The major differences where there is little agreement come into play when we look at social services and the economy. The left support an extensive, all encompassing, massive state safety net which is able to redistribute wealth making for a guaranteed level of comfort for all Israelis even if such requires greater levels of taxation. This was the presiding position for the first decades of Israeli existence as the Labor Party held unchallenged power and had set up a central, state run economy with the expectant socialist monetary policies. This influence was changed significantly by Benyamin Netanyahu when he served as Finance Minister under Prime Minister Sharon. During his term in this position he privatized many of the previously government run industries, companies and service industries. This along with business friendly programs Netanyahu gained recognition for an economic revitalization of the Israeli economy which has never really looked back. These policies were in part responsible for the Israeli economy’s continued solid performance when the economies of Europe, the United States and the rest of the industrialized world were in recession as their economic health faced a financial collapse of a variety of markets simultaneously. Many of the youth, as was evident in the social protests two summers ago, desire to return to the socialist wonder-world which many have been taught by their professors is the panacea to all the ills caused by capitalism. The question is how much economic issues will have on the coming election.

This election, if I have it right, is going to be more about security and who will best protect Israel from an apparently hostile world, which was made hugely evident by the recent vote in the United Nations General Assembly where the Palestinian Authority was granted recognition of statehood. Some political pundits have claimed that the United Nations vote gave the Palestinian Authority the right and permission to set the new state’s boundaries. Prime Minister Netanyahu and Foreign Minister Lieberman both present the point that the United Nations vote actually was nothing more than a suggestion and granted the Palestinian Authority nothing that they are unable to enforce militarily. Where I would not wish to even attempt to guess how many Knesset seats will go to each of the various parties but will predict that should the parties on the right wish, they will very likely be able to make a conservative coalition. The coalition would likely consist of the merged Likud and Yisrael Beiteinu Parties, the merged Tekuma National Union and Habayit Hayehudi Jewish Home Parties, and likely Shas which might produce a coalition with sixty-three to sixty-five seats in the Knesset. Once more I find myself ending an article with time will tell.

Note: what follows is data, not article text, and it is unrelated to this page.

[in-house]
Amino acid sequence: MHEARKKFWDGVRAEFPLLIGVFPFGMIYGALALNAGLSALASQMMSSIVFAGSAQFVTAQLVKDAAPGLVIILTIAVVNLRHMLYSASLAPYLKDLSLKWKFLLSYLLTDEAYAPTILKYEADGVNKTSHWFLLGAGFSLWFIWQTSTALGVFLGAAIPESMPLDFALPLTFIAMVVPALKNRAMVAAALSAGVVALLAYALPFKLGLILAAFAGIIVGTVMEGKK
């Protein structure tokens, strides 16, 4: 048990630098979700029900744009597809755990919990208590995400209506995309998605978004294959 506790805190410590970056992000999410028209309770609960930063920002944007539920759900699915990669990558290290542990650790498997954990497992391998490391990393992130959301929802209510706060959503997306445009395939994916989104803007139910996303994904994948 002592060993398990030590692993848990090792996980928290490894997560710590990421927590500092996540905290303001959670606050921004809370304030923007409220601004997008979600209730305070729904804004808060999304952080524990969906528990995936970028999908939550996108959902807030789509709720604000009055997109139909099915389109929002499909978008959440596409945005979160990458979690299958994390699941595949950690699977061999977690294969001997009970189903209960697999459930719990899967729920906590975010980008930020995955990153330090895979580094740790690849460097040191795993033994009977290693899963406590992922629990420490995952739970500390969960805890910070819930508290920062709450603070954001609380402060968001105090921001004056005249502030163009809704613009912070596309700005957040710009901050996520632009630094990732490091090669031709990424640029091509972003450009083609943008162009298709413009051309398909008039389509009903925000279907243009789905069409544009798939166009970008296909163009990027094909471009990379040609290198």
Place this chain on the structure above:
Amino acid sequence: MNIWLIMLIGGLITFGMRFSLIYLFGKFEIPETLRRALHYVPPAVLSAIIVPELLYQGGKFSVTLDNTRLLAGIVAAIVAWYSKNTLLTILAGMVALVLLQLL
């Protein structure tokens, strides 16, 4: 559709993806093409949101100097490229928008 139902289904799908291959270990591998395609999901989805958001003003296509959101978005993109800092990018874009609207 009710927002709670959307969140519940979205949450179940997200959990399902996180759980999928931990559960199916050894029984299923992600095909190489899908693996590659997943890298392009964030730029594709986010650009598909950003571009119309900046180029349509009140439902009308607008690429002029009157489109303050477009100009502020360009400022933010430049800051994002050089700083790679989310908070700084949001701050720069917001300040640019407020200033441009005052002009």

Beyond the Cusp

October 15, 2012

Kadima’s Actions on Election Confusion or Grandstanding?

With the next Israeli elections tentatively scheduled for January 24 of next year, we enter the season where the political parties often take steps just to make the news cycle that just end up leaving most people scratching their heads asking, “What were you thinking?” The first off the mark this cycle appears to be Kadima. First there was talk of maybe bringing Ehud Olmert back to lead the ticket as he poles as the most likely politician to save Kadima from a near death election. Then some suggested bringing Tzipi Livni back as well and returning to their presumed dream team. Then they were going to try to hold yet another primary and find new leadership and finally they decided to instead appoint a committee to select its list for the next Knesset which is very likely to simply go with what they currently chose just a few months back. But this confusing run around the entire gamut of options only to return to pretty much where you started and decide that this was your best hope was far from the strangest actions taken by Kadima members.